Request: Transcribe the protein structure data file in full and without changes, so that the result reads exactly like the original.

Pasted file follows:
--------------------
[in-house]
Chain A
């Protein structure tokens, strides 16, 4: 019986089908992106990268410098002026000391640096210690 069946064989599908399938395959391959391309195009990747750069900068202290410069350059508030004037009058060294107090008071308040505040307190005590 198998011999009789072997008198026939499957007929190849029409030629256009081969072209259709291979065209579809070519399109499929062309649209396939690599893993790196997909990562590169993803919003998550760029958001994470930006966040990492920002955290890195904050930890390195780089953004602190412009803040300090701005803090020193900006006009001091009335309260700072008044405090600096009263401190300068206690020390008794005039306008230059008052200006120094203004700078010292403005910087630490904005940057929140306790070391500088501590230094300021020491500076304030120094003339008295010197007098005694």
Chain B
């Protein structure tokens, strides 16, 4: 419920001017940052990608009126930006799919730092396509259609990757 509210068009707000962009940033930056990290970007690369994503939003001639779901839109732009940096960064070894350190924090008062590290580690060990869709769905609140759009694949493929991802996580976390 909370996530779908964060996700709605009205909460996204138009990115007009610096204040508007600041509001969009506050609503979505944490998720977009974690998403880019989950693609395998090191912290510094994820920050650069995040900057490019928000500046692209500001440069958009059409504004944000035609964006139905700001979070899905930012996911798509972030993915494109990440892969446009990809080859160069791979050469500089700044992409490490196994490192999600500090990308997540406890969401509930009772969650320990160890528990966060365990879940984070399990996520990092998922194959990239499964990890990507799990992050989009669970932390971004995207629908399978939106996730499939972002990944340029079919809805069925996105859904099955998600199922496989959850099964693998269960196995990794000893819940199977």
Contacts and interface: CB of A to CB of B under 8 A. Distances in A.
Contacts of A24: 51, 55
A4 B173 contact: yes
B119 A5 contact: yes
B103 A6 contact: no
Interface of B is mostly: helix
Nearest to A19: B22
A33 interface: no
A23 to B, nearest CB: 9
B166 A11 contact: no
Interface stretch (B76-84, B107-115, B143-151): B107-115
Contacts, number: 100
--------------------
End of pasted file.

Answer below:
[in-house]
Chain A
């Protein structure tokens, strides 16, 4: 019986089908992106990268410098002026000391640096210690 069946064989599908399938395959391959391309195009990747750069900068202290410069350059508030004037009058060294107090008071308040505040307190005590 198998011999009789072997008198026939499957007929190849029409030629256009081969072209259709291979065209579809070519399109499929062309649209396939690599893993790196997909990562590169993803919003998550760029958001994470930006966040990492920002955290890195904050930890390195780089953004602190412009803040300090701005803090020193900006006009001091009335309260700072008044405090600096009263401190300068206690020390008794005039306008230059008052200006120094203004700078010292403005910087630490904005940057929140306790070391500088501590230094300021020491500076304030120094003339008295010197007098005694």
Chain B
């Protein structure tokens, strides 16, 4: 419920001017940052990608009126930006799919730092396509259609990757 509210068009707000962009940033930056990290970007690369994503939003001639779901839109732009940096960064070894350190924090008062590290580690060990869709769905609140759009694949493929991802996580976390 909370996530779908964060996700709605009205909460996204138009990115007009610096204040508007600041509001969009506050609503979505944490998720977009974690998403880019989950693609395998090191912290510094994820920050650069995040900057490019928000500046692209500001440069958009059409504004944000035609964006139905700001979070899905930012996911798509972030993915494109990440892969446009990809080859160069791979050469500089700044992409490490196994490192999600500090990308997540406890969401509930009772969650320990160890528990966060365990879940984070399990996520990092998922194959990239499964990890990507799990992050989009669970932390971004995207629908399978939106996730499939972002990944340029079919809805069925996105859904099955998600199922496989959850099964693998269960196995990794000893819940199977």
Contacts and interface: CB of A to CB of B under 8 A. Distances in A.
Contacts of A24: 51, 55
A4 B173 contact: yes
B119 A5 contact: yes
B103 A6 contact: no
Interface of B is mostly: helix
Nearest to A19: B22
A33 interface: no
A23 to B, nearest CB: 9
B166 A11 contact: no
Interface stretch (B76-84, B107-115, B143-151): B107-115
Contacts, number: 100